BUSINESS

Union says 299 Garda World screeners at Toronto's Pearson airport to be laid off

01/12/2012 12:52 EST | Updated 03/13/2012 05:12 EDT
TORONTO - Big layoffs involving security screeners are coming at Toronto's Pearson International Airport, but whether that will mean travel delays and compromises in security is a matter of dispute between their union and those employing them.

Even the number of airport screeners losing their jobs at Canada's busiest airport was in dispute.

The Canadian Air Transport Security Authority said its has been informed by its contractor, Montreal-based Garda World Security, that 68 screeners at Pearson would be laid off and some 200 others would have their hours reduced.

But their union, the Canadian Airport Workers Union, insists it has received layoff notices from Garda for 299 workers — one-fifth of the unionized screeners at the airport — although an unofficial spokesman who cannot be named said the company indicated some of them might be hired back.

Garda (TSX:GW) itself put the figure at 68 workers being temporarily laid off while the employment of a further 231 employees would be reduced to 20 hours a week.

In any case, the union said the cuts will have negative implications for the travelling public.

"The current complement of screening officers is barely adequate to manage the current traffic flow," said Denis Ellickson, a Toronto lawyer and official spokesman for the Canadian Airport Workers' union.

That view was echoed by the United Steelworkwers, which represents some 1,200 screeners at other airports across the country and is worried more layoffs are coming.

"Airport security screening suffered cutbacks and major disruptions from last year's reorganization," said Wayne Fraser, the steelworkers' Ontario and Atlantic director.

"Now the Canadian Air Transport Security Authority is making more major cuts. This can't go on without adding to airport lineups and affecting passenger safety."

However, a CATSA spokesman insisted that was not the case.

"We do not anticipate any disruptions," Mathieu Larocque said in an interview.

"On the contrary, this plan is designed to improve the service delivery, improve customer service, improve efficiency. And as far a security goes, there is absolutely no compromise about security."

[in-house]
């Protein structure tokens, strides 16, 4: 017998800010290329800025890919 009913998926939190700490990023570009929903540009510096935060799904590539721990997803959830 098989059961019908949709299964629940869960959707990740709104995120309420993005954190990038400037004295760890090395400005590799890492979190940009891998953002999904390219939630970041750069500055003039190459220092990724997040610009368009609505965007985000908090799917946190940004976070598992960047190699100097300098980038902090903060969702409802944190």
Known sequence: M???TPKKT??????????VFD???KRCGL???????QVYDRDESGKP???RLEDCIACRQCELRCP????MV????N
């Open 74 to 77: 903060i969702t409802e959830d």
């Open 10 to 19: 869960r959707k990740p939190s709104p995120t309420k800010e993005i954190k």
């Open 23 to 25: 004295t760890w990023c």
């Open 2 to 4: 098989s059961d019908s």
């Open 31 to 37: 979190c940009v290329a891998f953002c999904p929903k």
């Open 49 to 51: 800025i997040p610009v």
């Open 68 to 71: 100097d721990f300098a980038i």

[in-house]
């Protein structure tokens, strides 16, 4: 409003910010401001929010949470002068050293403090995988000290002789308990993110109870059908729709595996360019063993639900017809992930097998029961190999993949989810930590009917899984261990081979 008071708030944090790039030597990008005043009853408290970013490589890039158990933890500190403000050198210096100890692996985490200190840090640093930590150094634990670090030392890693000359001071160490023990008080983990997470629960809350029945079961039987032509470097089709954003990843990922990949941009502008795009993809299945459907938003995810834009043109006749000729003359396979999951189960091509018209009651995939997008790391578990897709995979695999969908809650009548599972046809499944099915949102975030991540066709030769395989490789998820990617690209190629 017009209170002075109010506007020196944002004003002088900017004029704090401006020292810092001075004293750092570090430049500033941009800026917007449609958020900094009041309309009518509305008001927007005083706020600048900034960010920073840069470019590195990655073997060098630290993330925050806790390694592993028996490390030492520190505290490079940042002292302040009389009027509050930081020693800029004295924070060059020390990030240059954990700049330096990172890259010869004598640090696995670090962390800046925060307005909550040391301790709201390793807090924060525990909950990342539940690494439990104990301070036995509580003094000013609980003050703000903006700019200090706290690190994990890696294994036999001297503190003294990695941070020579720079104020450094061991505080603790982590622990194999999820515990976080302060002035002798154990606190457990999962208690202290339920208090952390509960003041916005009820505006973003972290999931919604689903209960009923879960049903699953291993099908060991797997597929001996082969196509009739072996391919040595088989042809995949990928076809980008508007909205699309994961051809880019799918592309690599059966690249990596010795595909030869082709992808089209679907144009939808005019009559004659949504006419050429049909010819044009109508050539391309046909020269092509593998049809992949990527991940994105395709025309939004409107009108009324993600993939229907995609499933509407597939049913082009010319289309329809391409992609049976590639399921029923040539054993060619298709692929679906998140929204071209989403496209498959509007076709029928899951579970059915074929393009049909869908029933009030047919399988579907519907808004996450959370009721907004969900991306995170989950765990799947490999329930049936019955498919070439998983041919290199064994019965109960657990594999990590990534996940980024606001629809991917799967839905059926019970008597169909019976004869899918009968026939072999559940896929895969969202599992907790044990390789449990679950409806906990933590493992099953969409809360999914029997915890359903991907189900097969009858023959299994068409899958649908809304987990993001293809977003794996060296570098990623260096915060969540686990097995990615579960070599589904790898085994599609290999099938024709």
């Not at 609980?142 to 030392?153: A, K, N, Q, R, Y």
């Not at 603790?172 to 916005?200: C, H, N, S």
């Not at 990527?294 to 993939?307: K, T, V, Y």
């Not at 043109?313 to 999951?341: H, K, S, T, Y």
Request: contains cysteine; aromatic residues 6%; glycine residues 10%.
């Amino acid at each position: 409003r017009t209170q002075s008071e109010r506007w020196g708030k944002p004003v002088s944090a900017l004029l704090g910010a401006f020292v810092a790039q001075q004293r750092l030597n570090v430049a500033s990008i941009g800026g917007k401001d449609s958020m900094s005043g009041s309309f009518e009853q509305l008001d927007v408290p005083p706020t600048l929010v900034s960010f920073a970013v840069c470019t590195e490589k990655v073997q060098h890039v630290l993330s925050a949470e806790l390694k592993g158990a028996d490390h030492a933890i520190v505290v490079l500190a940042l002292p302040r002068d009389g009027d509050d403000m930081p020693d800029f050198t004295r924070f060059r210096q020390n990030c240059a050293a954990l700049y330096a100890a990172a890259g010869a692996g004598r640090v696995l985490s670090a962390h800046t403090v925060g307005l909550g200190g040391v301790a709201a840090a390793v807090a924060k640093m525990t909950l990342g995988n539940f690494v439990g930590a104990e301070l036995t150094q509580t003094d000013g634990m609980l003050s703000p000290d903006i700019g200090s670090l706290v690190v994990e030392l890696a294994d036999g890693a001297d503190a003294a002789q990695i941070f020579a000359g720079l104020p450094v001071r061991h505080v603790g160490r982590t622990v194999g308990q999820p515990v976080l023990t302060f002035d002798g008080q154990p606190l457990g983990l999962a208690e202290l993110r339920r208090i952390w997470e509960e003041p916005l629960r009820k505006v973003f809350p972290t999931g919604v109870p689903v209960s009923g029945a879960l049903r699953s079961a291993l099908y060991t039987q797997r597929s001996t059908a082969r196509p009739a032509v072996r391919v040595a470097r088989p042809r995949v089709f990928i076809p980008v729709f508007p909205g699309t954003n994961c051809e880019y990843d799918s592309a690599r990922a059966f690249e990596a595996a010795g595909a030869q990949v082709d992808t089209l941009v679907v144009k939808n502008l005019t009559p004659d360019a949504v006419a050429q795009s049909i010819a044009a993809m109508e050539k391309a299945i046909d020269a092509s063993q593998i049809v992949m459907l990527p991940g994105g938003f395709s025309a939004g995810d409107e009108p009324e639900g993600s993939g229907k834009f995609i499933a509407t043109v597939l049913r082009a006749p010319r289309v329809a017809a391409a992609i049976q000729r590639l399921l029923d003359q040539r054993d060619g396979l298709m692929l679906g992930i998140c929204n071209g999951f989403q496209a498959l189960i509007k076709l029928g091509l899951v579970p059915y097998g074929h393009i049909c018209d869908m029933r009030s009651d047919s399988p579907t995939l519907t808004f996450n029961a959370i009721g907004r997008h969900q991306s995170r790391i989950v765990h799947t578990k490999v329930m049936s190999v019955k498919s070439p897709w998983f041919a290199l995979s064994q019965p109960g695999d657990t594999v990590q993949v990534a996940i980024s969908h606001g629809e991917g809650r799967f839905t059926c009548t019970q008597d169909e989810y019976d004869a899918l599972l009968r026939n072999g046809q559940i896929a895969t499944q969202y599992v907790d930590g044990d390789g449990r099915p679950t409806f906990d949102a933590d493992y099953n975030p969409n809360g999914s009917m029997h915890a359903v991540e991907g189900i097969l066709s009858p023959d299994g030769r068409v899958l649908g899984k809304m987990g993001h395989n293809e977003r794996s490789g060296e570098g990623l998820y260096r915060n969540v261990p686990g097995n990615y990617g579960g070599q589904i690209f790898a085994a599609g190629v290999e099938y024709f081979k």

Larocque said that what Garda is doing is making adjustments to its workforce to "reflect the new business model that they have proposed as part of the last round of request for proposals that ended on Nov. 1."

"They proposed a plan to improve the service delivery at the airport, to increase efficiency, the productivity — improve the customer service of all the aspects of the screening services that we offer at the airport. This is the plan that they are implementing right now."

The Steelworkers say the Crown agency cut staff and screening hours by 15 to 20 per cent last May.

"Additional cuts are not the way to improve passenger safety, national security or wait times," said Ken Neumann, the union's national director for Canada.

"The public is expecting, and paying for, improvements, not reductions. They want safer air travel and more timely processing."

Passenger fees for security screening range from $7.48 for a one-way domestic flight to up to $25.91 for an international flight.

The union said it wants the layoffs — scheduled to be effective Jan. 25 — delayed and called on the federal transport minister to get involved, saying it's a matter of public safety.

The office of Steven Fletcher, minister of state for transport, issued a brief statement, but referred questions to CATSA, which is responsible for airport screening.

"Our government is committed to the safety of the travelling public while protecting taxpayer’s dollars," the minister's emailed statement said.

The Garda cuts are part of a recent wave of layoffs in the Toronto area — including hundreds of jobs at the Toronto Hydro utility and at a Bell Mobility call centre in Mississauga.

In Quebec, French drugmaker Sanofi-Aventis has cut 100 jobs in the Montreal area, while Johnson & Johnson shut down its research centre and laid off 126 workers